Russell Group response to DfE/Ofqual consultation on summer 2021 assessment

04 February 2021

Students applying to university should receive their exam results earlier in August and at the same time across the UK to reduce stress for young people and make the admissions process as smooth as possible, the Russell Group has said in a response to Ofqual and the Department for Education (DfE).

The Russell Group is also calling for urgent clarity on grade distribution to help it plan for a potentially larger cohort of students and to consider the additional support universities might require in order to navigate admissions this year.

In its response to the Ofqual/DfE consultation on assessment conditions for summer 2021, the group of 24 universities is also asking for more contextual information about students and details about the content not being covered in this year to help it better assess applications and ensure people from disadvantaged backgrounds are not unfairly penalised. This information is also needed to help universities put appropriate measures in place to support students.

Commenting, Cat Turhan, Policy Analyst at the Russell Group, said:

“As well as a fair and transparent system for determining grades for students this summer, it is crucial that steps are taken to enable a smooth university admissions process that is consistent across the country and minimises the stress on those receiving their grades.

“Key to this will be maintaining a single results day across all UK nations, early enough to give universities enough time to process results, and with continued ‘coupling’ of when students and universities are informed of results to allow places to be confirmed immediately.

“Whatever the assessment system this summer, we want to reassure students across all four nations of the UK that Russell Group universities will be as fair and flexible as possible to ensure they are not disadvantaged in their applications.”

Key recommendations from the Russell Group include:

  • A single results day across all UK nations, to prevent confusion among groups of students across the devolved nations facing differing advice and guidance.
  • This single results day should be moved forward from 24th August to an earlier date in that month to give universities more time to process results and arrange onboarding activities to support students, while still allowing time for appeals.
  • Ofqual and DfE to reject proposals to decouple when students are informed of their results from when universities are informed of them. ‘Decoupling’ could have significant unintended consequences, increasing stress for applicants, pressure on the appeals system, and the administrative burden on higher education providers.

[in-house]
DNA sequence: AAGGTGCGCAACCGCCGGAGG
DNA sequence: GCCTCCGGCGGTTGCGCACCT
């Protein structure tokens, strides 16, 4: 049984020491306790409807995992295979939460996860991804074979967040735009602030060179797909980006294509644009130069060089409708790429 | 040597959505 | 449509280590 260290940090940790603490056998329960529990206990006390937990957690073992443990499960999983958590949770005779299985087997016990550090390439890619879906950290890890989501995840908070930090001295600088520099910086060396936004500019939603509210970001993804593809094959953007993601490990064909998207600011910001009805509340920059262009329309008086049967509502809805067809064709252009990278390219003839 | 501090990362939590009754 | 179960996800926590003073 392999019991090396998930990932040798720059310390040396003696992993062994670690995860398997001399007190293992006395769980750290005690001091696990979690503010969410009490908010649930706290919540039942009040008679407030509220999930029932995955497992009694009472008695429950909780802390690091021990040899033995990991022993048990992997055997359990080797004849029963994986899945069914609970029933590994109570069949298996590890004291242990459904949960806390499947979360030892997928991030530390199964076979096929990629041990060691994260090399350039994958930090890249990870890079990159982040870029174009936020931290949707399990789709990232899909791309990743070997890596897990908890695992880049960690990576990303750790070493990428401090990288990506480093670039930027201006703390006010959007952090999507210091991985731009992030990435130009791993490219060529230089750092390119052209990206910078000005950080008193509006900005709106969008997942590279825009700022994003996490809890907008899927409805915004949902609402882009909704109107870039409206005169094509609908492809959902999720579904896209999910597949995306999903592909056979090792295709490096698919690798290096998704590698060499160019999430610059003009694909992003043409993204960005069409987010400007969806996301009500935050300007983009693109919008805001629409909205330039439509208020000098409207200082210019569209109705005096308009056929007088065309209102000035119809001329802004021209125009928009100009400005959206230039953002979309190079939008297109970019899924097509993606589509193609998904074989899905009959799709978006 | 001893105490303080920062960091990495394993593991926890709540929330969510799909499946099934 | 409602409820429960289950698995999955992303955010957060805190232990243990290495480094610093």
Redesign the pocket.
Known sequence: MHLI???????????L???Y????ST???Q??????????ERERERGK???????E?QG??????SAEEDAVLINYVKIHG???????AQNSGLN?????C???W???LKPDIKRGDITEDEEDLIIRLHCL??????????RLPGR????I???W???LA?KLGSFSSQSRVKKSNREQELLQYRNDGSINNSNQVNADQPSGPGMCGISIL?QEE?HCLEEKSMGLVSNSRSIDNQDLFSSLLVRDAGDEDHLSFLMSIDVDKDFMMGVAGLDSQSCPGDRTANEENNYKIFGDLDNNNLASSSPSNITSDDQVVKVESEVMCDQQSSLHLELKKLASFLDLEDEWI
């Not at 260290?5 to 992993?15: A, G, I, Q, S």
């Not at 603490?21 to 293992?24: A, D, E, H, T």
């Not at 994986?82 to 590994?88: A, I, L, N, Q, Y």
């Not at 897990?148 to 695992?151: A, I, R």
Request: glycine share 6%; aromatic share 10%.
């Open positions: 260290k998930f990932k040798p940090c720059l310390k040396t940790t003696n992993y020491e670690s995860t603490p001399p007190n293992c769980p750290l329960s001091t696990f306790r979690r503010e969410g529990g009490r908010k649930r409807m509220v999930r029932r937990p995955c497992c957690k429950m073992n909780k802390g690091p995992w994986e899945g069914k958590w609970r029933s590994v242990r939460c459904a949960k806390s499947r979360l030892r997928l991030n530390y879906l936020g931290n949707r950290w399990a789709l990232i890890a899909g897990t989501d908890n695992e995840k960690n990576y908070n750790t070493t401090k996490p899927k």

• Ofqual and DfE to provide urgent clarity on what the grade distribution is likely to be this year, and consider the additional support universities might require in order to navigate admissions this year, particularly in the event of substantial grade inflation and subsequent pressures on capacity.
  • To ensure people from disadvantaged backgrounds are not unfairly penalised, universities should be provided with as much contextual information as possible, including Free School Meal data, to inform admissions decisions.
  • Additional information from schools on the subject content not covered will also be important to enable universities to have appropriate measures in place to support students.

The full Russell Group response to the DfE/Ofqual consultation can be found here.


  • The Russell Group represents 24 leading UK universities which are committed to maintaining an outstanding teaching and learning experience and world-leading research. Our universities teach a quarter of all undergraduates and four out of five doctors, and support over a quarter of a million jobs across the UK.
  • There was a 22 percent increase in the number of students from the most underrepresented communities placed at high-tariff universities in 2020, according to analysis published by OfS (3 November 2020).
  • Placed applicants at higher tariff universities went from 152,990 at the same time in the cycle in 2019 to 171,470 in 2020, an increase of 12%, according to analysis published by UCAS (24 September 2020).
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